|Title||Morphologies and stable and radiogenic isotope composition of pedogenic carbonate in Late Quaternary relict and buried soils, New Mexico: an integrated record of pedogenic overprinting|
|Publication Type||Journal Article|
|Year of Publication||2003|
|Authors||Deutz P., Montanez I.P, H. Monger C|
|Journal||Journal of Sedimentary Research|
|Keywords||article, articles, isotopes, composition, journal, journals, morphology, pedogenic carbonates, quaternary geology, soil formation, soil, carbonate, soil, pedogenic carbonates, soil, radiogenic isotopes|
This petrographic and stable (δ13C and δ18O) and radiogenic (14C) isotope study of pedogenic carbonates from late Quaternary soils in the Rio Grande Rift region of New Mexico documents that carbonate formation in semiarid to arid soils (Aridisols) occurs principally by overprinting and can result in a complex petrographic and isotopic record. With increasing duration of exposure (<7 to 900 ky) of the four studied profiles, pedogenic carbonates exhibit: (1) an increase in the degree of intraprofile δ13C and δ18O heterogeneity, (2) increased development of down-profile δ13C and δ18O trends, (3) an increase in the degree of intermorphologic and intramorphologic stable-isotope variation, commonly in samples distributed laterally within narrow depth intervals, and (4) development of covariation between δ13C and δ18O values. Radiocarbon ages of the carbonates permit assessment of the degree of isotope heterogeneity in contemporaneous carbonates and recognition of temporal isotopic trends.
The range of exposure times recorded by the studied soils are analogous to those associated with the formation of fossil soils. This makes the studied soils ideal for evaluating the origin of stable-isotope heterogeneity in paleosol carbonates and the implications of those heterogeneities for the use of stable isotopes as paleoenvironmental proxies. Specific implications of this study include the following: (1) Pedogenic carbonates that form by overprinting are a cumulative record of the soil conditions present during their accumulation; thus, isotope analysis of overprinted carbonates can result in "time averaging" of changing climatic, paleoenvironmental, and paleoecologic conditions. (2) Carbonates may record only a fraction of the duration of development of their host profile. (3) There is a high level of uncertainty associated with using the sequence of morphologic development of carbonate as a function of time or maturity in paleosols. (4) An exponential decrease in carbonate δ13C values with depth in a paleosol does not imply that the carbonates are contemporaneous or accumulated under invariant soil conditions. (5) Shifts in soil and paleoclimatic conditions may be recorded by the δ13C and δ18O values of carbonates distributed within narrow depth intervals of a given soil in addition to those distributed down-profile, or even from within individual carbonate samples.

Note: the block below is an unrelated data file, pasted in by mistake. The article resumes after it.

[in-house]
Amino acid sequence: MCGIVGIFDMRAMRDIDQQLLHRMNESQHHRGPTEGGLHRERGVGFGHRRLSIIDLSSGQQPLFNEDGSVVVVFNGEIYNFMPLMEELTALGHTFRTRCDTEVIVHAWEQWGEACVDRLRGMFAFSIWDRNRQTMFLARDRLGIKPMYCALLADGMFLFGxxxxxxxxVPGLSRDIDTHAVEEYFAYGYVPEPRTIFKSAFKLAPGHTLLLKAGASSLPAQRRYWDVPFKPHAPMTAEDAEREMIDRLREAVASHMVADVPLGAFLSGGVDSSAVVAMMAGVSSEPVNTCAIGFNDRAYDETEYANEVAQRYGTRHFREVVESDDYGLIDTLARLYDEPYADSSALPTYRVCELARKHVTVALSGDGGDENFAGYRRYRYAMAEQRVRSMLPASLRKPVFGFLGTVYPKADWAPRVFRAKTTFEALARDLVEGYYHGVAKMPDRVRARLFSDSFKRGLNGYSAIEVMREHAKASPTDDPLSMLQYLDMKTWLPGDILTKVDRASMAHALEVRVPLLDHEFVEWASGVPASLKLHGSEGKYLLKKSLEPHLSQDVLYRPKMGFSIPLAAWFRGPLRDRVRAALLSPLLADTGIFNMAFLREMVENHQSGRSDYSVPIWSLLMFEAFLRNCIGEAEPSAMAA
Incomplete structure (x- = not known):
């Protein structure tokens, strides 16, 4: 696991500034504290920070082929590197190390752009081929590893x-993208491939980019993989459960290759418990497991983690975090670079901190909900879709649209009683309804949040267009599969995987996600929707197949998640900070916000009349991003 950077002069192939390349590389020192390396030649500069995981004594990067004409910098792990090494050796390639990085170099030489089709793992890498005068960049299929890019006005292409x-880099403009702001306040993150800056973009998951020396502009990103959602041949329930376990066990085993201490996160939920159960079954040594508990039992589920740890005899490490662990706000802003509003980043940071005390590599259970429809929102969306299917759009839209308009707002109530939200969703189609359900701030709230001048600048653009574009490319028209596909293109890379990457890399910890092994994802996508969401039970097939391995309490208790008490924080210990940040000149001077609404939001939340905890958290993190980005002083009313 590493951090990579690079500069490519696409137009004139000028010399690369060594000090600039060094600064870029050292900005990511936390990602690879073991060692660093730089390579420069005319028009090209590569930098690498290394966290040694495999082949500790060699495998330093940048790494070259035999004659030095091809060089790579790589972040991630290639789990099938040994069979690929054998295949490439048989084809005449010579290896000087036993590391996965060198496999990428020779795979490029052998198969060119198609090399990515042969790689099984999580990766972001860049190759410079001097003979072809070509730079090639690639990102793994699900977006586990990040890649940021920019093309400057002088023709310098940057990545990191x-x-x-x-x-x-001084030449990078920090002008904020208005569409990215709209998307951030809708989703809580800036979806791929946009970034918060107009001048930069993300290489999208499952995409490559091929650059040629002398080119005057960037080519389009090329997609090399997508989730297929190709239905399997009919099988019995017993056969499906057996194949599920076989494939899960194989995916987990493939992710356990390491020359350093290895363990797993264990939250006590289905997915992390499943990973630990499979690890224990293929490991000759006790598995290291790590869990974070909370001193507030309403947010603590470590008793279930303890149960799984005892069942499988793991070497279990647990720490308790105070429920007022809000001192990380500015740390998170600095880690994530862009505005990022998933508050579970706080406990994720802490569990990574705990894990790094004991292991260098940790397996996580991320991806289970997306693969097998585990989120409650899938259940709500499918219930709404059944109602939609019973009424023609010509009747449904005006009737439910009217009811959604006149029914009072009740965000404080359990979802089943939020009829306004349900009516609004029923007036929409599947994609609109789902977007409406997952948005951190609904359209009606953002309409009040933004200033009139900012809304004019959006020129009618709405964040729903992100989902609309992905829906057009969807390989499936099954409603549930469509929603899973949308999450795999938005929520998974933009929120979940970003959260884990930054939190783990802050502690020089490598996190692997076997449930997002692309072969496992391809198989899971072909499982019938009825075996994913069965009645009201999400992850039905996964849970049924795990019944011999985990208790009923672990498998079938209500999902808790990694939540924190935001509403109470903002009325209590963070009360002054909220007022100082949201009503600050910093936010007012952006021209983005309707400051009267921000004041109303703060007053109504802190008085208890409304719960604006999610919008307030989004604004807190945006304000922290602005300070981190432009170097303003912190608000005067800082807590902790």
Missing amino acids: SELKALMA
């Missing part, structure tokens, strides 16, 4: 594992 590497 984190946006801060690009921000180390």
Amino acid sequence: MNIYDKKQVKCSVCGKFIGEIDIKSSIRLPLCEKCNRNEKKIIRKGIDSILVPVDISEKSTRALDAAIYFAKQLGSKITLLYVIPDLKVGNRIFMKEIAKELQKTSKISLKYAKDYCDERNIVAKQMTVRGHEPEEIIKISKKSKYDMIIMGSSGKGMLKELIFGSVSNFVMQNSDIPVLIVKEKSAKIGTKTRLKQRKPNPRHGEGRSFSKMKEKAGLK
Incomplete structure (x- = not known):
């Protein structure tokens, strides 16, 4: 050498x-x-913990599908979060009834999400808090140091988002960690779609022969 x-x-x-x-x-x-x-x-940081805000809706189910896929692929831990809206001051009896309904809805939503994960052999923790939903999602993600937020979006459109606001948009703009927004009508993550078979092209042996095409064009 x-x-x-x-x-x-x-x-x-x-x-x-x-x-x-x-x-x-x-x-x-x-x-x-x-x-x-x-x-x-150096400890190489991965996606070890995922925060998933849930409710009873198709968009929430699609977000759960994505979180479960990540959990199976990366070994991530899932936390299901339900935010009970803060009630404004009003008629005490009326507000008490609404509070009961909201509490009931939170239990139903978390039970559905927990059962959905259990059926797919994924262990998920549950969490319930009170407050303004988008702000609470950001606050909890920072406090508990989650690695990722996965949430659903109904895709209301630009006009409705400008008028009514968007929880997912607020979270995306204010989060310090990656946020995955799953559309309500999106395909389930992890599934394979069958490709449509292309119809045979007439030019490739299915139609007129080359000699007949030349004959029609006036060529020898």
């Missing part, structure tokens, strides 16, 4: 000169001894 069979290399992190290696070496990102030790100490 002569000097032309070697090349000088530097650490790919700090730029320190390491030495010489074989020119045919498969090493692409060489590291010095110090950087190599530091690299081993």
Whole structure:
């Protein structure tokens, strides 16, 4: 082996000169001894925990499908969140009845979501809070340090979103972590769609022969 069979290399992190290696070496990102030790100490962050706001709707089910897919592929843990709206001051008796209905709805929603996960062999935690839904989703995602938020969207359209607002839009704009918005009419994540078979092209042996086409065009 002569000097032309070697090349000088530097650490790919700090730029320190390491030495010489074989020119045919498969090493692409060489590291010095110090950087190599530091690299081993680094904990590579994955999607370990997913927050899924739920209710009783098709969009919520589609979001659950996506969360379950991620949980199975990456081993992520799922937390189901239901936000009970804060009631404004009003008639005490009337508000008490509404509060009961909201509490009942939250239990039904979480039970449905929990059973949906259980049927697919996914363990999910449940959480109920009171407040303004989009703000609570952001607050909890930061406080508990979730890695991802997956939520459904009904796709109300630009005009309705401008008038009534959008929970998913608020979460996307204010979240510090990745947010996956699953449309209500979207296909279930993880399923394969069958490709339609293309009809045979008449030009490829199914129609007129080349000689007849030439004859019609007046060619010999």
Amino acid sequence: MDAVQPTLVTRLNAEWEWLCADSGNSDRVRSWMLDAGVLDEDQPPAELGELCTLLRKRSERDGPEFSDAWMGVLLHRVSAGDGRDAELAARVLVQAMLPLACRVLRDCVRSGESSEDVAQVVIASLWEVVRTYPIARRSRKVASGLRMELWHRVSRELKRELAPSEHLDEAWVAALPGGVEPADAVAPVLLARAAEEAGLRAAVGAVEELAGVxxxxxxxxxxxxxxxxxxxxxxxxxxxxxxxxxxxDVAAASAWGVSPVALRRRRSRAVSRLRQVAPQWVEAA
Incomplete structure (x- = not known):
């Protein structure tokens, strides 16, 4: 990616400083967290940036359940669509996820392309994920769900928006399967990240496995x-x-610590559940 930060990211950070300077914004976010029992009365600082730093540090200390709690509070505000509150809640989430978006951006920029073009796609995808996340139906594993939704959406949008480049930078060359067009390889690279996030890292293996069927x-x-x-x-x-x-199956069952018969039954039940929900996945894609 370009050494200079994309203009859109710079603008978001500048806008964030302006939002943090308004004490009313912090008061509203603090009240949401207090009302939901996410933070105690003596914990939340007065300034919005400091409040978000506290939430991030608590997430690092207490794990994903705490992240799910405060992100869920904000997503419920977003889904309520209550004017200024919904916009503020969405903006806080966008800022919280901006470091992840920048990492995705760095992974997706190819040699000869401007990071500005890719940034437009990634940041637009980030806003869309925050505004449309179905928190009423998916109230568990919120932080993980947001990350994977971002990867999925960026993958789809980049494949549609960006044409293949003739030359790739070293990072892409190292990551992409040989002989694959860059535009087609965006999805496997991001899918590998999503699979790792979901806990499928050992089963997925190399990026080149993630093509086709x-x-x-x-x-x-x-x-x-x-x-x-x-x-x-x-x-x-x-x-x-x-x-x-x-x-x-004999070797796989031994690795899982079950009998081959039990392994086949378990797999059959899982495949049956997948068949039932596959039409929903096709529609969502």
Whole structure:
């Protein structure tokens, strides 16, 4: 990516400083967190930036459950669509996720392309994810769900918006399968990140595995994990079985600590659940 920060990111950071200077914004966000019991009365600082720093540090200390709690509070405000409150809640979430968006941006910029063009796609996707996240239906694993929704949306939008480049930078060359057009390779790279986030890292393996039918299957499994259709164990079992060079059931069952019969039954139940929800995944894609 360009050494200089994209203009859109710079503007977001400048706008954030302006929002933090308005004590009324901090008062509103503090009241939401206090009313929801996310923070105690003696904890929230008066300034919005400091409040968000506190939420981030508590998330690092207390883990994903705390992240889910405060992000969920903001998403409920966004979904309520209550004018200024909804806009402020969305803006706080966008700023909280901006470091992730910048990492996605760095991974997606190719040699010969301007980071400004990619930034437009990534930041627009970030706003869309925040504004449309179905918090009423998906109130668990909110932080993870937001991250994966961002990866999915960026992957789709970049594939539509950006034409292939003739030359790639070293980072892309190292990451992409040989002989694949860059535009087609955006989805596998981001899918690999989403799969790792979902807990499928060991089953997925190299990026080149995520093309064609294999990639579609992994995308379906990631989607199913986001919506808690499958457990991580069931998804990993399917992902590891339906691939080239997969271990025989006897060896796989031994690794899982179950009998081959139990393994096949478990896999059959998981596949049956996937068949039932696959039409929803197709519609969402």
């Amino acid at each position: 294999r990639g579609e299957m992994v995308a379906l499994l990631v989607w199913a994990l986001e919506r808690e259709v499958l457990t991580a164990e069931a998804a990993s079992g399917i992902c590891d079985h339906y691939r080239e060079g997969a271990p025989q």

|Reprint Edition||Not in File (updated 6/29/2005)|